I undertook a journey three years ago that led me to an “aha" moment. Three years ago, I started my Kundalini Yoga practice. This tradition has changed me in so many ways. I have gotten so much inspiration from the many teachers I have been fortunate to meet and study with.
When I decided to become a teacher, I knew in my gut that it was the right thing to do at that moment of my journey. Little did I know how much it would change me.
For my entire life leading up to my first exposure to Kundalini Yoga, I was someone very different from who I am now. I was a husband, a father, a business person and most important, a people pleaser. There is nothing wrong with filling any of those roles. But over the years, I lost my true self. I lost my Sat Nam.
Many people who come to Montclair Kundalini Yoga know about my passion for the book The Four Agreements by Don Miguel Ruiz. For those of you who haven’t read the book, the principles it's based on are:
Much like Kundalini Yoga, the Four Agreements teaches that we can lose our true selves. We are "domesticated" by our parents, our teachers, our coaches and our business associates. We live a life by doing what we think is expected of us. We don’t trust our own intuition. The book and Kundalini yoga both teach us how to get back to who we really are. The book saved my life and started me on this path of trying to become my real self again.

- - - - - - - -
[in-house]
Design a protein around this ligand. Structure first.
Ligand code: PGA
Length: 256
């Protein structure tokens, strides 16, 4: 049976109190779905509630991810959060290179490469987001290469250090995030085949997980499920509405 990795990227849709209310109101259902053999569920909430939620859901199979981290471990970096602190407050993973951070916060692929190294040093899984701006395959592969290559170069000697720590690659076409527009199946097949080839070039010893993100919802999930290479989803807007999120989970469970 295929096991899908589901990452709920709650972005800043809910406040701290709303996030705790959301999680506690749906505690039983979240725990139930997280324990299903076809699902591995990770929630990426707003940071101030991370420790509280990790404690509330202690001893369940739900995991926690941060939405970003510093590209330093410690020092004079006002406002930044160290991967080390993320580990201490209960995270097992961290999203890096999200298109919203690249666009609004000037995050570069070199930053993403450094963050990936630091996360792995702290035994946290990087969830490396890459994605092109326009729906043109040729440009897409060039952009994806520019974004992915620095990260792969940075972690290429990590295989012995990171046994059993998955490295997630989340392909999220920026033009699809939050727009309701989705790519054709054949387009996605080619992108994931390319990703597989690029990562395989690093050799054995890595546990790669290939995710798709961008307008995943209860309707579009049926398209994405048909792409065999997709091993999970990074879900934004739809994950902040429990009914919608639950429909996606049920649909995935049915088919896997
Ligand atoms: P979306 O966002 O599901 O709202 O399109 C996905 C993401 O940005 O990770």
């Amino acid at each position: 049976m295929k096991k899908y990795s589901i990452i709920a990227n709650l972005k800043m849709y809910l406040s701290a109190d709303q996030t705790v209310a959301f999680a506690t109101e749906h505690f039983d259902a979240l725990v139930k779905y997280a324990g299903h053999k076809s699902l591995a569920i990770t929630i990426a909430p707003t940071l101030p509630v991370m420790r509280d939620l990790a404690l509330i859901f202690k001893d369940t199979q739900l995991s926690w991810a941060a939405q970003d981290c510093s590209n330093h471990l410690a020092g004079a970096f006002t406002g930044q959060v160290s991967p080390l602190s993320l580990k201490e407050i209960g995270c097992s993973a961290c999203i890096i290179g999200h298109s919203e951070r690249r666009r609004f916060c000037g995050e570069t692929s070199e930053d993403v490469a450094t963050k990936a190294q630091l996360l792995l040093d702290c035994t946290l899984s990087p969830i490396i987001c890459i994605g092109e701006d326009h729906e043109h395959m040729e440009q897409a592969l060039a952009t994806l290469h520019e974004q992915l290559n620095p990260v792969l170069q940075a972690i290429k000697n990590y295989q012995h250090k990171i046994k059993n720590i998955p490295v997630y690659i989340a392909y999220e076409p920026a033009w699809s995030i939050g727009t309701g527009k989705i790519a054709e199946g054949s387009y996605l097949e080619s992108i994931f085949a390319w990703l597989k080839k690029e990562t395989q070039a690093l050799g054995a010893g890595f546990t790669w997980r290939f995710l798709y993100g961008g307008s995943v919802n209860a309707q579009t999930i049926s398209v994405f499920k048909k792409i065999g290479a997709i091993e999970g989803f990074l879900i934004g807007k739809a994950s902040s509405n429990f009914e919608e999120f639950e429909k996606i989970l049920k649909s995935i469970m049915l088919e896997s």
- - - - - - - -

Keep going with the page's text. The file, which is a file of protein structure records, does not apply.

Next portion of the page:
So here is the real gift: “ I am what I am, and that’s alright.”
To explain, Kundalini yoga has taught me to live from my heart. To be my true self. It took my almost three years of practice and teaching, but this week I finally understood it and, more importantly, I started to live it. I feel so good about who I am now! I am still a husband, a father, a business person, but I am no longer a people pleaser. I live now in integrity with my truth not trying to meet external expectations. I am finally living my true self, my Sat Nam, and it feels better than any material thing.